Women’s Rights by Annie Louisa Walker
You cannot rob us of the rights we cherish,
Nor turn our thoughts away
From the bright picture of a “Woman’s Mission”
Our hearts portray.
We claim to dwell, in quiet and seclusion,
Beneath the household roof,–
From the great world’s harsh strife, and jarring voices,
To stand aloof;–
Not in a dreamy and inane abstraction
To sleep our life away,
But, gathering up the brightness of home sunshine,
To deck our way.
As humble plants by country hedgerows growing,
That treasure up the rain,
And yield in odours, ere the day’s declining,
The gift again;
So let us, unobtrusive and unnoticed,
But happy none the less,
Be privileged to fill the air around us
To live, unknown beyond the cherished circle,
Which we can bless and aid;
To die, and not a heart that does not love us
Know where we’re laid.
Like Men and Women Shadows walk by Emily Dickinson
Like Men and Women Shadows walk
Upon the Hills Today —
With here and there a mighty Bow
Or trailing Courtesy
To Neighbors doubtless of their own
Not quickened to perceive
Minuter landscape as Ourselves
And Boroughs where we live —
This too will pass by Grace Noll Crowell
This too will pass. O heart, say it over and over – out of your deepest sorrow, out of your deepest grief, no hurt can last forever – perhaps tomorrow will bring relief.
This too will pass. It will spend itself – its fury will die as the wind dies down with the setting sun; assuaged and calm, you will rest again, forgetting a thing that is done.
Repeat it again and again, O heart, for your comfort; this, too, will pass as surely as passed before the old forgotten pain, and the other sorrows that once you bore.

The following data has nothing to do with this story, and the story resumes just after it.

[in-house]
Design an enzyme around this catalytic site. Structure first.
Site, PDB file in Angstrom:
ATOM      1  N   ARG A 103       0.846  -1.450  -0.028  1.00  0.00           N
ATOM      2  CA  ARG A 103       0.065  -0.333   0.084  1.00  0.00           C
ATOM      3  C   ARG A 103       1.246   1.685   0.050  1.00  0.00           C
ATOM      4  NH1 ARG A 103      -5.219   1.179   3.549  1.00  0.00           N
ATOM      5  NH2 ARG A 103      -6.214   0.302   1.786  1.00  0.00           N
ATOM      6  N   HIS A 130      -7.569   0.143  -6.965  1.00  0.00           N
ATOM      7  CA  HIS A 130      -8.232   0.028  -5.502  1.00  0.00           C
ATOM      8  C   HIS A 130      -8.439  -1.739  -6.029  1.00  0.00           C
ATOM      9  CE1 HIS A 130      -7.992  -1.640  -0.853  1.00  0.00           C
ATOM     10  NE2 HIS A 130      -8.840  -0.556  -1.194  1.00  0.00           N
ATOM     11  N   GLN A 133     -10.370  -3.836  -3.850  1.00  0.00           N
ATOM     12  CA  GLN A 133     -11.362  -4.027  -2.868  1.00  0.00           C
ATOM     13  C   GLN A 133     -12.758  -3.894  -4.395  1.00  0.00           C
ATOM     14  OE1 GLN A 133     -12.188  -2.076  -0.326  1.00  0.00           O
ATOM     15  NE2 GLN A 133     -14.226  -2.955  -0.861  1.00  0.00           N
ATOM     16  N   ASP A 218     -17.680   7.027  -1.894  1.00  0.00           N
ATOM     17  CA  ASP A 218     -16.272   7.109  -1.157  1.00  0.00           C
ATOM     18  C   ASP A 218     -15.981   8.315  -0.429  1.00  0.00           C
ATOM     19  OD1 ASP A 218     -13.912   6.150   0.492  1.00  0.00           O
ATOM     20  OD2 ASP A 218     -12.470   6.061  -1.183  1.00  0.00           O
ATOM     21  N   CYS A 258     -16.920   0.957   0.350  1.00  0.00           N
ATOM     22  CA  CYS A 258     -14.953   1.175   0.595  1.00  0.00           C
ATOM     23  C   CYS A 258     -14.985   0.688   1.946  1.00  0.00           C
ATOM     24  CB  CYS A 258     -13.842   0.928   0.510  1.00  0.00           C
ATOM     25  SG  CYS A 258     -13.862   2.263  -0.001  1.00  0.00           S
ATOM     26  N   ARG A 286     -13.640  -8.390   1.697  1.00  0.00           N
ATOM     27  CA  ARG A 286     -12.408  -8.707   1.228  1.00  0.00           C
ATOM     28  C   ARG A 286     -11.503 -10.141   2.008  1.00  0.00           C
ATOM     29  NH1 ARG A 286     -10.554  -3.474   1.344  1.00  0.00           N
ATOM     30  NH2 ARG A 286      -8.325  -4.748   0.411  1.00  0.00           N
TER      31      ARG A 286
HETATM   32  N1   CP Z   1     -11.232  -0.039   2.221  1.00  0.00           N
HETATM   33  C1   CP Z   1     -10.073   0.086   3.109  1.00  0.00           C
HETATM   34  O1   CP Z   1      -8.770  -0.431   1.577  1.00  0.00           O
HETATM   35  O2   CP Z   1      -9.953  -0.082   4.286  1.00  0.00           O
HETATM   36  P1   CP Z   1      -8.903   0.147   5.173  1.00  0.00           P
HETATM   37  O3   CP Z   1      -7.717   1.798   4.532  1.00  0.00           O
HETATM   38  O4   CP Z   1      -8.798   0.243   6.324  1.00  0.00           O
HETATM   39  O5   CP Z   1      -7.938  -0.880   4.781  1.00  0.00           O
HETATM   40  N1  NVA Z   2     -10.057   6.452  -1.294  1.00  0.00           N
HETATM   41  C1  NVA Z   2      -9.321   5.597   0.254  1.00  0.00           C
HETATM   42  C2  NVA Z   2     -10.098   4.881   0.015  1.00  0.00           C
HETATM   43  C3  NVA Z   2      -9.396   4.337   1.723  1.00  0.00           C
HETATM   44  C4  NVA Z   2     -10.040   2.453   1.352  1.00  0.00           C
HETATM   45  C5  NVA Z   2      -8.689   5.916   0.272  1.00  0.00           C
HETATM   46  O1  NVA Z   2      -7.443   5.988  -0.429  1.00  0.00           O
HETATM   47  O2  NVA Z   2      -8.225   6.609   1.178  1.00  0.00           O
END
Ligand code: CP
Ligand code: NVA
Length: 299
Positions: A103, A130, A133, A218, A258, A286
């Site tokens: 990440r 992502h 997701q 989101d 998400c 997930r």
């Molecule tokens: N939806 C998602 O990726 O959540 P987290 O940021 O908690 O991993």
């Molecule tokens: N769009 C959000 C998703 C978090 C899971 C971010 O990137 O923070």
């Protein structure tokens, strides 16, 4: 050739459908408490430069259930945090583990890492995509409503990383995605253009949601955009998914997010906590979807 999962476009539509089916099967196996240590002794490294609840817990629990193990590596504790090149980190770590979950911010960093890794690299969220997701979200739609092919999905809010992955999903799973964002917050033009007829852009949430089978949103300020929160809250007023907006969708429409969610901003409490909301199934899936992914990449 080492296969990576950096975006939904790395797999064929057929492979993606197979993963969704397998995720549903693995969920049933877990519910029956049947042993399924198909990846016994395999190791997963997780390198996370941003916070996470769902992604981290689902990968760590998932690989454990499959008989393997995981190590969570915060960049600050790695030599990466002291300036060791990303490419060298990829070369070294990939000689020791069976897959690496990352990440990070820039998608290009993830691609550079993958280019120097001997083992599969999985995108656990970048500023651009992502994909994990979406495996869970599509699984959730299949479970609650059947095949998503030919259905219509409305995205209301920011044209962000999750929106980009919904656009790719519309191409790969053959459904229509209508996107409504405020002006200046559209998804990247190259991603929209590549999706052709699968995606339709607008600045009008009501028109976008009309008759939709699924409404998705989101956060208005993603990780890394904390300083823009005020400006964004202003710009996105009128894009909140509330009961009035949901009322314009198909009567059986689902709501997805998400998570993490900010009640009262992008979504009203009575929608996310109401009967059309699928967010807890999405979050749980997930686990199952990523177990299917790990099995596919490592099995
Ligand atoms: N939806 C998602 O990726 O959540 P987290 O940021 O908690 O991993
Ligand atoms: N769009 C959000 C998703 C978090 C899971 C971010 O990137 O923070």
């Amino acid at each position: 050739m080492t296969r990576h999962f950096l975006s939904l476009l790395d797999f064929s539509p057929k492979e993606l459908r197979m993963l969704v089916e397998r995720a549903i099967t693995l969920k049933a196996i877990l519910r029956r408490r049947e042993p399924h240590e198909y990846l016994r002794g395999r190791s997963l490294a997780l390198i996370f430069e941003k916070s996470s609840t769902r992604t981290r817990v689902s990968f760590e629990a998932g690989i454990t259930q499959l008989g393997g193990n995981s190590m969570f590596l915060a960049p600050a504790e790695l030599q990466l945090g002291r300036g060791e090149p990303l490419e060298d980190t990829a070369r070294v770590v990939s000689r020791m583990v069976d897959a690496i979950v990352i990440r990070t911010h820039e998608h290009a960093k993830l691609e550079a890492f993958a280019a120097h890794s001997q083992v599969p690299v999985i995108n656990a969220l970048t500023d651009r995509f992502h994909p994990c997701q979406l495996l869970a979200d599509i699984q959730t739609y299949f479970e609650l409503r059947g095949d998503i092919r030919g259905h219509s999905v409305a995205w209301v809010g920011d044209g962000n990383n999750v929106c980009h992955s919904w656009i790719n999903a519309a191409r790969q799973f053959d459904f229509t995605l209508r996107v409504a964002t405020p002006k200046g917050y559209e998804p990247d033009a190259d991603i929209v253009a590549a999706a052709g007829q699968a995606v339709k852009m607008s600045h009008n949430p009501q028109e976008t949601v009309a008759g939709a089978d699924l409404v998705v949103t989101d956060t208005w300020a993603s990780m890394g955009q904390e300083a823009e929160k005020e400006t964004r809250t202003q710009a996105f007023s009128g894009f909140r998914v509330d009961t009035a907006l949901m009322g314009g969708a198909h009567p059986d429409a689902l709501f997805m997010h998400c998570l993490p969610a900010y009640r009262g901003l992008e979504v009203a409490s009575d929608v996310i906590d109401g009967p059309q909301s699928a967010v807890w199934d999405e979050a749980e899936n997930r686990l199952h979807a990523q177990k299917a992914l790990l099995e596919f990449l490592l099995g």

As certain as stars at night, or dawn after darkness, inherent as the lift of the blowing grass, whatever your despair or frustration – this, too, will pass!
Women by Louise Bogan
Women have no wilderness in them,
They are provident instead,
Content in the tight hot cell of their hearts
To eat dusty bread.
They do not see cattle cropping red winter grass,
They do not hear
Snow water going down under culverts
Shallow and clear.
They wait, when they should turn to journeys,
They stiffen, when they should bend.
They use against themselves that benevolence
To which no man is friend.
They cannot think of so many crops to a field
Or of clean wood cleft by an axe.
Their love is an eager meaninglessness
Too tense or too lax.
They hear in any whisper that speaks to them
A shout and a cry.
As like as not, when they take life over their door-sill
They should let it go by.
The Laughter Of Women by Lisel Mueller
The laughter of women sets fire
to the Halls of Injustice
and the false evidence burns
to a beautiful white lightness
It rattles the Chambers of Congress
and forces the windows wide open
so the fatuous speeches can fly out
The laughter of women wipes the mist
from the spectacles of the old;
it infects them with a happy flu
and they laugh as if they were young again
Prisoners held in underground cells
imagine that they see daylight
when they remember the laughter of women
It runs across water that divides,
and reconciles two unfriendly shores
like flares that signal the news to each other
What a language it is, the laughter of women,
high-flying and subversive.
Long before law and scripture
we heard the laughter, we understood freedom.